The Emigration of Highly Qualified German Citizens of Turkish Descent to Turkey
The fall of 2011 was marked by the 50th anniversary of the agreement on the recruitment of Turkish workers (Gastarbeiter or “guest workers”) by the Federal Republic of Germany. The study focused in this connection on the migratory movements from Turkey to Germany which began with the signing of the recruitment agreement on October 30, 1961 and continued even after the recruitment stop in 1973. Considerably less attention has been paid, on the other hand, to the migration which has taken place in the opposite direction. Currently, more people are in fact migrating from Germany to Turkey than the other way around. In 2010 the Federal Republic recorded a negative migration balance vis-à-vis Turkey of 5,862 individuals. A total influx of 30,171 people from Turkey into Germany contrasted with a total of 36,033 people emigrating to Turkey. This trend has been evident since 2006, when for the first time since 1985 a negative German migration balance (of 1,780 individuals) vis-à-vis Turkey was recorded. Since then, the migration loss has increased. At the same time, this involves not only Turkish citizens who are turning their back on Germany. The percentage of German citizens taking part in this emigration to Turkey has also increased in recent years. From the migration statistics it is not clear, however, whether we are dealing with autochthonous Germans or with naturalized German citizens.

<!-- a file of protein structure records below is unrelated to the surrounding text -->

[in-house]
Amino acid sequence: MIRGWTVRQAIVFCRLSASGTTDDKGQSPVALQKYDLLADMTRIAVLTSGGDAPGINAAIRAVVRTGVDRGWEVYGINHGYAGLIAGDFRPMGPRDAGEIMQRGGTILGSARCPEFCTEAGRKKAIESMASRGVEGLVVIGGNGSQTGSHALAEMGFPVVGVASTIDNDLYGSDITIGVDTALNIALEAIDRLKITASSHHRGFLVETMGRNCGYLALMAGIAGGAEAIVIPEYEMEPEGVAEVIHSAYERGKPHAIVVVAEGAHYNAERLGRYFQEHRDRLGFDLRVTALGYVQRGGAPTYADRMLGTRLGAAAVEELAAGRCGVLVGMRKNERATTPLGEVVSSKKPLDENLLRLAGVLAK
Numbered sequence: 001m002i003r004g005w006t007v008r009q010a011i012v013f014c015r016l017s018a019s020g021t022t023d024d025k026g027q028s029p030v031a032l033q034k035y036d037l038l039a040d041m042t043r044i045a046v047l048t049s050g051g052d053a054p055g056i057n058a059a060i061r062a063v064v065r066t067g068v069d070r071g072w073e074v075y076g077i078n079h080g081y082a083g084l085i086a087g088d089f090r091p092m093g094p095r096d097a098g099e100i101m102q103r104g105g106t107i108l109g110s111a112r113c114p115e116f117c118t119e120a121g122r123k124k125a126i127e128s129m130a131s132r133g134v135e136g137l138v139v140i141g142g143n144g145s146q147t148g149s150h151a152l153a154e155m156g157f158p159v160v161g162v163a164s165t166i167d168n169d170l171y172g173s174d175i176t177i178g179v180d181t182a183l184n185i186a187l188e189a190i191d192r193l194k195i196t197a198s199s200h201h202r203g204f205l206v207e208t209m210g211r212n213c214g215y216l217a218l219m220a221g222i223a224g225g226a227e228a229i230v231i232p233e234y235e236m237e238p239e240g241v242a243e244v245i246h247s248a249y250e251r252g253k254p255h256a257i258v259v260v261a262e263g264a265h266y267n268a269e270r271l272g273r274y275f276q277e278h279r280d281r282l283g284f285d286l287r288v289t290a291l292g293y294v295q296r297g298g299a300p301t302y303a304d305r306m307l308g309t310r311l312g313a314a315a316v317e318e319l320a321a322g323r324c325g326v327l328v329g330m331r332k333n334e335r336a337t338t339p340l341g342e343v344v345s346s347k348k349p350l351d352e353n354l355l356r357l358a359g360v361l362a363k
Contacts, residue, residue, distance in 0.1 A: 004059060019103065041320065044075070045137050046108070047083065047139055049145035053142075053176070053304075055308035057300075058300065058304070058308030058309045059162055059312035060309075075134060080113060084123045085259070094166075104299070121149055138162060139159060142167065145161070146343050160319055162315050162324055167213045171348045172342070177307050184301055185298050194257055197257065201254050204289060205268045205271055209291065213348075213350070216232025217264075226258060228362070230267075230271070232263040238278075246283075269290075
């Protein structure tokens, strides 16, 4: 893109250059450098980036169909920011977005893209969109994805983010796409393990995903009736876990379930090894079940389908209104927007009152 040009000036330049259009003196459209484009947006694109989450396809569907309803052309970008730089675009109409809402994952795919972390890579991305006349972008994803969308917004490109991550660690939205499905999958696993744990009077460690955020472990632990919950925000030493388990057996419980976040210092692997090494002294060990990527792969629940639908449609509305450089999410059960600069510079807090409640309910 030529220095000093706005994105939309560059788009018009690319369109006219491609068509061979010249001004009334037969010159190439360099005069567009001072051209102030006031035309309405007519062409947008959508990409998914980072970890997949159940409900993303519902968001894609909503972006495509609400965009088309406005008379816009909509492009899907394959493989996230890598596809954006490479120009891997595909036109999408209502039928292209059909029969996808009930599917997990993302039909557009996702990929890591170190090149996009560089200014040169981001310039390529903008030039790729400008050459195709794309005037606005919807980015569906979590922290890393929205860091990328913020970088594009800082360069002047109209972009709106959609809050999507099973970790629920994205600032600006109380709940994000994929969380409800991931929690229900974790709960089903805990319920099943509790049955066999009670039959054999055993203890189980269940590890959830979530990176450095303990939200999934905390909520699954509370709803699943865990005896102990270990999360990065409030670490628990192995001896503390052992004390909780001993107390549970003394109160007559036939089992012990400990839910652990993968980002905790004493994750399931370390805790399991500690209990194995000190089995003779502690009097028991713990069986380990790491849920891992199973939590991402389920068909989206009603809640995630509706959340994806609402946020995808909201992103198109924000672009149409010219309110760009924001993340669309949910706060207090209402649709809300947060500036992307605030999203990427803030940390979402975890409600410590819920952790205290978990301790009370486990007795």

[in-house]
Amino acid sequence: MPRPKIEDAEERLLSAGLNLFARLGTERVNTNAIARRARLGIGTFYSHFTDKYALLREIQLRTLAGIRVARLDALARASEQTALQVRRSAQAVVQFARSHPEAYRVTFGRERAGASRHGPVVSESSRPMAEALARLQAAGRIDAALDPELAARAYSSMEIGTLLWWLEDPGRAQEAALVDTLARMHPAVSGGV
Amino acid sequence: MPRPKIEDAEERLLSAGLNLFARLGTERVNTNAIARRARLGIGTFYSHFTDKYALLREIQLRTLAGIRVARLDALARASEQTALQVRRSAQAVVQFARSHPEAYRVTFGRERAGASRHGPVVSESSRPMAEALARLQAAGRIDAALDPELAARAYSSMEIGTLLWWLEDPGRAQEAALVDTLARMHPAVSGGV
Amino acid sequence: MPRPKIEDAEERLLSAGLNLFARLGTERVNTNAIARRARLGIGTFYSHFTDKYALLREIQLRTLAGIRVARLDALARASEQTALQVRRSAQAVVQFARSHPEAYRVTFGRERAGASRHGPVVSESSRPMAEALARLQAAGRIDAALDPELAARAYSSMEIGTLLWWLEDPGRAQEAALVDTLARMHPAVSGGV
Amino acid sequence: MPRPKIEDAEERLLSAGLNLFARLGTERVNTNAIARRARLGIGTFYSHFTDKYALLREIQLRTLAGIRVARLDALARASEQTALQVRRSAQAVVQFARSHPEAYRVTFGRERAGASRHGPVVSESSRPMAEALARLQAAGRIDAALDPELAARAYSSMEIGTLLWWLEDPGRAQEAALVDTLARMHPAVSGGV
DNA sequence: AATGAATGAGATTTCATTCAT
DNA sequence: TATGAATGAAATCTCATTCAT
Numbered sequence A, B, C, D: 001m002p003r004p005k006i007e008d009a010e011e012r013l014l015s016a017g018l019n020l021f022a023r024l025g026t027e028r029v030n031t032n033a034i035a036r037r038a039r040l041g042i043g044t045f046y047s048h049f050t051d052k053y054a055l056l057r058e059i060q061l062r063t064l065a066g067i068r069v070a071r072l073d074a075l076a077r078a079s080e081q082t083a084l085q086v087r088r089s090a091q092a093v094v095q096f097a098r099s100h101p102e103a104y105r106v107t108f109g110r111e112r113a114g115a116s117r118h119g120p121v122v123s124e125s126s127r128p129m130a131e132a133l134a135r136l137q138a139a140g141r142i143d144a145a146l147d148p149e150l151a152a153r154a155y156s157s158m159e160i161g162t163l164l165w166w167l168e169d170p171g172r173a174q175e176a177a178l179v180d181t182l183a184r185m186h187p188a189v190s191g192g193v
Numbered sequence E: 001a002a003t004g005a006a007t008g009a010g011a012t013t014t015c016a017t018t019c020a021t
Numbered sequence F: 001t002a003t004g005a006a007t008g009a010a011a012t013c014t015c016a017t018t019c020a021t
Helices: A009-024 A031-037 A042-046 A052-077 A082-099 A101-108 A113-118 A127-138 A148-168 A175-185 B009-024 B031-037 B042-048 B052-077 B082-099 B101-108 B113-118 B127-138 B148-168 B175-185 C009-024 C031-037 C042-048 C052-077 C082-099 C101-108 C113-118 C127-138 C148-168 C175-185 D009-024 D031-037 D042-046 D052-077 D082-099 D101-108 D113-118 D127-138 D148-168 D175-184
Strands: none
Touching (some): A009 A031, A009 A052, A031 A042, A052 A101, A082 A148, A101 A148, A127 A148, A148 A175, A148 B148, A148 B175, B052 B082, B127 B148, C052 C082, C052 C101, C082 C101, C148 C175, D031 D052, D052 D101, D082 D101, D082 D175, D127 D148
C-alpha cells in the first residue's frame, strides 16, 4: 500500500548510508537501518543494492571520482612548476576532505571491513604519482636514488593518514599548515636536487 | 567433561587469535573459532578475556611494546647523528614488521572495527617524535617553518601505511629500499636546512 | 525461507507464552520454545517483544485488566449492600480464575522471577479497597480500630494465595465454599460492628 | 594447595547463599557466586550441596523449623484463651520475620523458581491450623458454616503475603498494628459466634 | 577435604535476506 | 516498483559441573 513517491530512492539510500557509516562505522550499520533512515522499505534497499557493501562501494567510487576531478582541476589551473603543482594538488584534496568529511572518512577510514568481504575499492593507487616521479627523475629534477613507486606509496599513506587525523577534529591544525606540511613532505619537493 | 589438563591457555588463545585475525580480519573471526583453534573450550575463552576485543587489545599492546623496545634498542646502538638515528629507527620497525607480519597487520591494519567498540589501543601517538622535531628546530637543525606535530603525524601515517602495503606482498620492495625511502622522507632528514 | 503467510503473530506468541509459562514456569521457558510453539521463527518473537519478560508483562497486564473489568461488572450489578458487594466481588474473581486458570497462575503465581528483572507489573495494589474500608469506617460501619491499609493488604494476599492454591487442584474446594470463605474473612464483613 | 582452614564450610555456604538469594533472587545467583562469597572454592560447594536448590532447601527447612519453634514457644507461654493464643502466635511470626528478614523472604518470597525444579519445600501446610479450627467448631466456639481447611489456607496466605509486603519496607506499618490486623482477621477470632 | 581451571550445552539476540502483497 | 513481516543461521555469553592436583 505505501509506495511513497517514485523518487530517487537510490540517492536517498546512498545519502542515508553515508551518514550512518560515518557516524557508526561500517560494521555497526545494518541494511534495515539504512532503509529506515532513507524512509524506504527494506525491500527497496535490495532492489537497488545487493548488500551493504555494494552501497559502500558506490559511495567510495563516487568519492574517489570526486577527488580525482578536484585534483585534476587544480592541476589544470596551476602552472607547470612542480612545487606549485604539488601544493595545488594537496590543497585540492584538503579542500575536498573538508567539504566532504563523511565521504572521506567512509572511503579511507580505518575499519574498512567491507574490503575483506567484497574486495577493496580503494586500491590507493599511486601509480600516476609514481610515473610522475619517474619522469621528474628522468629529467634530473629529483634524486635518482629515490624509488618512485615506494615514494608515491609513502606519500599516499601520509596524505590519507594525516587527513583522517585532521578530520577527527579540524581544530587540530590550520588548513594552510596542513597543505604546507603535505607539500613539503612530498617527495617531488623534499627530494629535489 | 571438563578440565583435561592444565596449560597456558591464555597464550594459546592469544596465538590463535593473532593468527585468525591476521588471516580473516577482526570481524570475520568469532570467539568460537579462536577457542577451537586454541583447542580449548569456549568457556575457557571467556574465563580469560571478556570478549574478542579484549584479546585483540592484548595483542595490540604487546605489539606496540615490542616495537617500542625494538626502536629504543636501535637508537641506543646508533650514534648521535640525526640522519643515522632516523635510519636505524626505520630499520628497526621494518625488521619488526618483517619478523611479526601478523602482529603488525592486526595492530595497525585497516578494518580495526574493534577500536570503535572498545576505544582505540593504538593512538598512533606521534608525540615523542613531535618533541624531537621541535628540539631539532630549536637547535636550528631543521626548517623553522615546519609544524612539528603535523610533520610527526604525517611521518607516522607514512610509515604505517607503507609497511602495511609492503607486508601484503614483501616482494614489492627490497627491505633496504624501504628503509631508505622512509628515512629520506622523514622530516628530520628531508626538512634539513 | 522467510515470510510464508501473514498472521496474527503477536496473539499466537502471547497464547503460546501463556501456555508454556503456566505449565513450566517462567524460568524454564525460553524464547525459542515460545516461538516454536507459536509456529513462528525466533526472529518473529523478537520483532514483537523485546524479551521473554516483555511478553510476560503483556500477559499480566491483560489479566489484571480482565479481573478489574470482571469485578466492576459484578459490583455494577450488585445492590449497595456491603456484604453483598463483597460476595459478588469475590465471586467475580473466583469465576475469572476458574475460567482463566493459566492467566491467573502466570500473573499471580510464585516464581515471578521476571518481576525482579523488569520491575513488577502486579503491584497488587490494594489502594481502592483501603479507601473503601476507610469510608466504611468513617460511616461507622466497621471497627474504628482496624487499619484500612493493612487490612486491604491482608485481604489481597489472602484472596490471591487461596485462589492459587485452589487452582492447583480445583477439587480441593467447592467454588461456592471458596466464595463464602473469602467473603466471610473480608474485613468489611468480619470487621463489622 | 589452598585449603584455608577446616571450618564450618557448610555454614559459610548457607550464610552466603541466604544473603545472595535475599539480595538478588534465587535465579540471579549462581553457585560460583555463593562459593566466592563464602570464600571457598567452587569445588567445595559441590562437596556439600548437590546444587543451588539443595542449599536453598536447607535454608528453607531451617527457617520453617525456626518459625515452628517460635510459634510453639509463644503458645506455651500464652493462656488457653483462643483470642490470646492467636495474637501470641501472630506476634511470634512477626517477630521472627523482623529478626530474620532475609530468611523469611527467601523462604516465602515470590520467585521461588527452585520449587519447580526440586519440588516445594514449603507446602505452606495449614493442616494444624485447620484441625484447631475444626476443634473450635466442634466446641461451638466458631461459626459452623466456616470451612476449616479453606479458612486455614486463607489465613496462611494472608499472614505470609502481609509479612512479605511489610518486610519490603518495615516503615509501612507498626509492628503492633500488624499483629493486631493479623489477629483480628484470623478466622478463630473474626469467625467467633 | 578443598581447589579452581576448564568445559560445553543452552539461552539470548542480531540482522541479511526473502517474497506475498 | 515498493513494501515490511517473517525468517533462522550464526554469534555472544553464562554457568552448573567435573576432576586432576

Increasing attention has been paid recently to emigration from Germany to Turkey, particularly as it involves the phenomenon of highly qualified people of the second generation of Turkish immigrants in Germany emigrating to Turkey. The present policy brief, which, above all, inquires into the motives behind this emigration of highly qualified people of Turkish descent, addresses this issue. Following an introduction to the topic, the policy brief focuses on the economic and emotional motives for such emigration. Afterwards, the basic conditions underlying this immigration and the integration of the immigrants in Turkey are examined. Finally, aspects of identification and instances of (ethnic) self-attribution of people of Turkish descent are discussed and the issue of whether the phenomenon of second-generation Turkish immigrants migrating from Germany to Turkey ought to be subsumed under the category “emigration” or “return migration” is addressed.